A new article from the Associated Press quotes U.S. intelligence officials unknowingly acknowledging a fatal flaw in Obama's anti-terrorism strategy.
Reporting on a "barrage" of missile strikes against an Al-Qaida affiliated group in Syria known as the Khorasan Group, the article presents a string of comments from intelligence officials on the effectiveness of the strikes.
"The strikes were certainly effective in setting back the Khorasan Group, but no one thinks they were a permanent solution or a death blow to the threats that come from this cell," said Rep. Adam Schiff, D-Calif., who serves on the House Intelligence Committee…
Gen. Martin Dempsey, chairman of the Joint Chiefs of Staff, said the strikes disrupted the group's plotting, but he did not know for how long. FBI Director James Comey said he believed the plots had not been disrupted and that the group remains a threat to the U.S. Other intelligence officials embraced Comey's view.
What this shows is a clear consensus that the strikes have likely done little more than delay the group's activities. However, bombing also has unintended consequences, which the article acknowledges—namely the loss of innocent life:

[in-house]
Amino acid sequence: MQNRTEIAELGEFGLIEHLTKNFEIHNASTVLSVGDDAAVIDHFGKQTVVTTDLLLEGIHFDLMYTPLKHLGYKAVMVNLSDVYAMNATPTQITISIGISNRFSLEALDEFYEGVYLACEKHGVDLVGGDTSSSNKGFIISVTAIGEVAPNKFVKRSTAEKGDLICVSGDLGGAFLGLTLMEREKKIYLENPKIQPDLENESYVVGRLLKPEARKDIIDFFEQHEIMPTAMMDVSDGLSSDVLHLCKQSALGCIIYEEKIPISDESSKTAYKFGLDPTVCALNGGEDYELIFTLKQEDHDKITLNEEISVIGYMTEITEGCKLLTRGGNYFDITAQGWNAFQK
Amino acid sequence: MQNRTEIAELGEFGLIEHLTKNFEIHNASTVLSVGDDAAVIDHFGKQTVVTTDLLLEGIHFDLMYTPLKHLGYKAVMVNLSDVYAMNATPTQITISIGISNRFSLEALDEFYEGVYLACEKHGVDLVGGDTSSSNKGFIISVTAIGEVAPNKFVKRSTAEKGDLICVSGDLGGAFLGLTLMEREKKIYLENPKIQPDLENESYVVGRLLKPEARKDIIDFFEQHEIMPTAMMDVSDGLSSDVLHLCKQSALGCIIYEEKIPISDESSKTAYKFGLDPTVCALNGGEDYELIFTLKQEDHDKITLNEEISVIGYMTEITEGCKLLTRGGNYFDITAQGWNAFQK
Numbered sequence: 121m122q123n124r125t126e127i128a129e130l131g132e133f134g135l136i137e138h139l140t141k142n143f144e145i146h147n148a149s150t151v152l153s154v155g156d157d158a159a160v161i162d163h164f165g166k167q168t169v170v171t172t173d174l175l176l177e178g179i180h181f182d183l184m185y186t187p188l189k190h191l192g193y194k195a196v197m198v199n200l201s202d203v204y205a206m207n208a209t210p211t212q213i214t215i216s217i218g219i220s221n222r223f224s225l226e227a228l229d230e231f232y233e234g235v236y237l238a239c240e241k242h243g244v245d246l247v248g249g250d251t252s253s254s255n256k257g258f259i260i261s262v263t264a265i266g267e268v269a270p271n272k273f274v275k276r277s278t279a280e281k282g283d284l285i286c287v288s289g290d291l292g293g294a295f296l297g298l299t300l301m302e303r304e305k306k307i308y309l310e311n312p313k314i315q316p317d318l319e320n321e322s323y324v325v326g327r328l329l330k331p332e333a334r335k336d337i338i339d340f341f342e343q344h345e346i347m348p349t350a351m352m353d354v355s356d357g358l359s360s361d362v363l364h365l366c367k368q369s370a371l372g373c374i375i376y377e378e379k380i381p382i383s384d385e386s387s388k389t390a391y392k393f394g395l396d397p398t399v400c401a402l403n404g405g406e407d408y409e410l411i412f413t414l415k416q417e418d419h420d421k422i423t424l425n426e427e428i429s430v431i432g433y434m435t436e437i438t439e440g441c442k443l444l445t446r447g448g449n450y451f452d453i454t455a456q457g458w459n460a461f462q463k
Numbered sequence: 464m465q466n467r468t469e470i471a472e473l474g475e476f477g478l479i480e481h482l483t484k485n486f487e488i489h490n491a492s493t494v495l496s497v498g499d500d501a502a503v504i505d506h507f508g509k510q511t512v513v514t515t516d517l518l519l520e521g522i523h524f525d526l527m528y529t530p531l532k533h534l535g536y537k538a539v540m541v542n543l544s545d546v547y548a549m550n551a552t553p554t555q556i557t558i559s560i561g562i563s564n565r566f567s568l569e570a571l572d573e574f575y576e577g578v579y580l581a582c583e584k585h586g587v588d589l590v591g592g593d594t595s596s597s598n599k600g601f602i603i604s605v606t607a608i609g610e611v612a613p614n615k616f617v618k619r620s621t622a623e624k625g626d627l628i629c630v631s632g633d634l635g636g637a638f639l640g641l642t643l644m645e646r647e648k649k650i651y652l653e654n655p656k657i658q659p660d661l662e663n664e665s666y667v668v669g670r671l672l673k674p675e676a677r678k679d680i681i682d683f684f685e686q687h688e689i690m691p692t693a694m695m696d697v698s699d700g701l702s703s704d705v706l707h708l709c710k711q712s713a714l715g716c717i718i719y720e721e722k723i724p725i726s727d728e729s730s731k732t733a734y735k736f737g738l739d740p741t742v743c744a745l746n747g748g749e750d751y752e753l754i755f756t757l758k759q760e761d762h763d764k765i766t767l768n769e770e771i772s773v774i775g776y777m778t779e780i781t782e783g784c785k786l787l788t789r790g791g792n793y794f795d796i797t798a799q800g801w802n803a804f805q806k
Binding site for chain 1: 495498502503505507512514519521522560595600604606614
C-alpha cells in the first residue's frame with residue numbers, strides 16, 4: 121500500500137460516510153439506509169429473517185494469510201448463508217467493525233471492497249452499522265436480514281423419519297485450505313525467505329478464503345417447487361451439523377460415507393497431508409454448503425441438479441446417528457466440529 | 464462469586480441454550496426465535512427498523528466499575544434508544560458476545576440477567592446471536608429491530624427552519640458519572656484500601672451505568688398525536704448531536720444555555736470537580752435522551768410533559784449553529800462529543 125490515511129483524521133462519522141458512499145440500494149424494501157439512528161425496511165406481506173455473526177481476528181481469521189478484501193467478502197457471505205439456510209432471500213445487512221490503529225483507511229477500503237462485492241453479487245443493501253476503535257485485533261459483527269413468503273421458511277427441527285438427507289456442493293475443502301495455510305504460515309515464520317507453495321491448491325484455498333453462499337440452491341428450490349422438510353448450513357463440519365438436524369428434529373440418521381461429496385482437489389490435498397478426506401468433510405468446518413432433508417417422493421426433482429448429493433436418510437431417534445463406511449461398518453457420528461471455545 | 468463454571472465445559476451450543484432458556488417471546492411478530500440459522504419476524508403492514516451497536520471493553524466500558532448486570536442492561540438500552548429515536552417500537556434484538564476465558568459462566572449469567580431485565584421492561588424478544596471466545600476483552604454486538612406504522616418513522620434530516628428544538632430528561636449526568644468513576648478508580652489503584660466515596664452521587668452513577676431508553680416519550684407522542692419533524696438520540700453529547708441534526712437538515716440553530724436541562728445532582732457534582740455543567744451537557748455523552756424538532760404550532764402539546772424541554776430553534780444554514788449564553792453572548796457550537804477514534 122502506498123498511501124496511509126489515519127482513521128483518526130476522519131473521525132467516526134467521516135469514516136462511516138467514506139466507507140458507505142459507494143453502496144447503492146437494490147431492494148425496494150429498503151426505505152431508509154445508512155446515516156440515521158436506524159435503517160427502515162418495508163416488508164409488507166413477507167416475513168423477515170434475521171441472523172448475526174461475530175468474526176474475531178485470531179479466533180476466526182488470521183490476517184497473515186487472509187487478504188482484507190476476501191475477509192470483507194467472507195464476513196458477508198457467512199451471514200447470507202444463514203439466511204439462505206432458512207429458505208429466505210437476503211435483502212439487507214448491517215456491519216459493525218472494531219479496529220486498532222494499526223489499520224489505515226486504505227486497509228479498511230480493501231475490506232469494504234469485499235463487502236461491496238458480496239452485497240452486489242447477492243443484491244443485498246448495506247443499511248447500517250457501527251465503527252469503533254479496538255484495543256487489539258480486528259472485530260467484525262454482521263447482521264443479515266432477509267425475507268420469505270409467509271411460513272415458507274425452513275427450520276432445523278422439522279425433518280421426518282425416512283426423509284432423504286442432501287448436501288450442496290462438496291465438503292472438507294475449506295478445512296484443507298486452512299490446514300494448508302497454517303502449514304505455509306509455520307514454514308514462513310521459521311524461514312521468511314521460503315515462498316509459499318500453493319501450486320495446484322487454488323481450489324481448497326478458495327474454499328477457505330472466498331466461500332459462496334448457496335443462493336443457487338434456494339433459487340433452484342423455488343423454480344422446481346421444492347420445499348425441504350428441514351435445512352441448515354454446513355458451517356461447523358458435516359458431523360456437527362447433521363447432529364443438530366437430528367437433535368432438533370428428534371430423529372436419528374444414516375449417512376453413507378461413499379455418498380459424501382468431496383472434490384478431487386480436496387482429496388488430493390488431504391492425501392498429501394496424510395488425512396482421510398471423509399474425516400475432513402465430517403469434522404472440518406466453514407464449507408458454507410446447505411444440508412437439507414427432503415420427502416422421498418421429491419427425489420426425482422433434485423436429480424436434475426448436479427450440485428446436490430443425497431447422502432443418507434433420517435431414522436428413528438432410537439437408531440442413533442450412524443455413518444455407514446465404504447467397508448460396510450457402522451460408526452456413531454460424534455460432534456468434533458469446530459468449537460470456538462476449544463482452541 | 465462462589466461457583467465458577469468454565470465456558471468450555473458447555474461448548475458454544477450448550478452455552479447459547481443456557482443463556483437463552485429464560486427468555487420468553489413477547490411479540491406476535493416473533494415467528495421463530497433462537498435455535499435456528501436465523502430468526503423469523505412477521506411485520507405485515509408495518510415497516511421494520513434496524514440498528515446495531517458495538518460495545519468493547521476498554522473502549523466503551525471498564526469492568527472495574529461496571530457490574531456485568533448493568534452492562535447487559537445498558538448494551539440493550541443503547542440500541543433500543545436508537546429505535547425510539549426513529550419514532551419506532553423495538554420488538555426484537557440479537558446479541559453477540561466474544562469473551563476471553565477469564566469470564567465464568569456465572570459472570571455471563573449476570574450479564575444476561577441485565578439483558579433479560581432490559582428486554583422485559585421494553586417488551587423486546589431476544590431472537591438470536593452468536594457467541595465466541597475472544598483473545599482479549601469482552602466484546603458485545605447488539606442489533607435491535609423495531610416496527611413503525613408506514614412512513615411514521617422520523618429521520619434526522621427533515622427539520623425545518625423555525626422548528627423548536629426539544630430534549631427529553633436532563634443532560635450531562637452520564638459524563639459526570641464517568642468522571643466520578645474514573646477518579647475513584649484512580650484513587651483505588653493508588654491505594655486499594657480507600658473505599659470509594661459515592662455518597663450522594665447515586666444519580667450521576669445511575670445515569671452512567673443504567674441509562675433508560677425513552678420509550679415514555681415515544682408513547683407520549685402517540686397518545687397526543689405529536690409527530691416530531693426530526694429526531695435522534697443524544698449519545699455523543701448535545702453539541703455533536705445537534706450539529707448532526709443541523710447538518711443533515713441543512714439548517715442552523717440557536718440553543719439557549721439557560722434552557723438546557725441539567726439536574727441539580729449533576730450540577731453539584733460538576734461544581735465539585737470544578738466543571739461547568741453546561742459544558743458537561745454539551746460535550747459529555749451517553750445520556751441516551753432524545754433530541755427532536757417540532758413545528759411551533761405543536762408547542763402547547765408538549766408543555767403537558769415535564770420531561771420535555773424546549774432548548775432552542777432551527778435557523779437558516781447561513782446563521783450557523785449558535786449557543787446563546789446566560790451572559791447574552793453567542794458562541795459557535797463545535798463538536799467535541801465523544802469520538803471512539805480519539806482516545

One of the U.S. missiles went awry and killed a dozen civilians in the village of Kfar Derian, according to Mohammed Abu Omar, an activist in the northern province of Idlib.
This highlights the central problem with the Obama administration's strategy in the war on terror. Relentless bombing campaigns can only ever disrupt the activities of terror groups. They cannot counter the existence of terrorist organizations and cannot stop them from plotting attacks.
Furthermore, any progress that is made in the short term is likely to be undermined by the inevitable civilian causalities that accompany such a strategy. These casualties increase hostility toward the U.S. and its allies, creating a fertile recruiting ground for terrorist organizations to replenish their ranks and expand their supporter base. If the U.S. is to avoid Orwellian style perpetual war, it needs to find a way to combat terrorism without increasing anti-U.S. sentiments.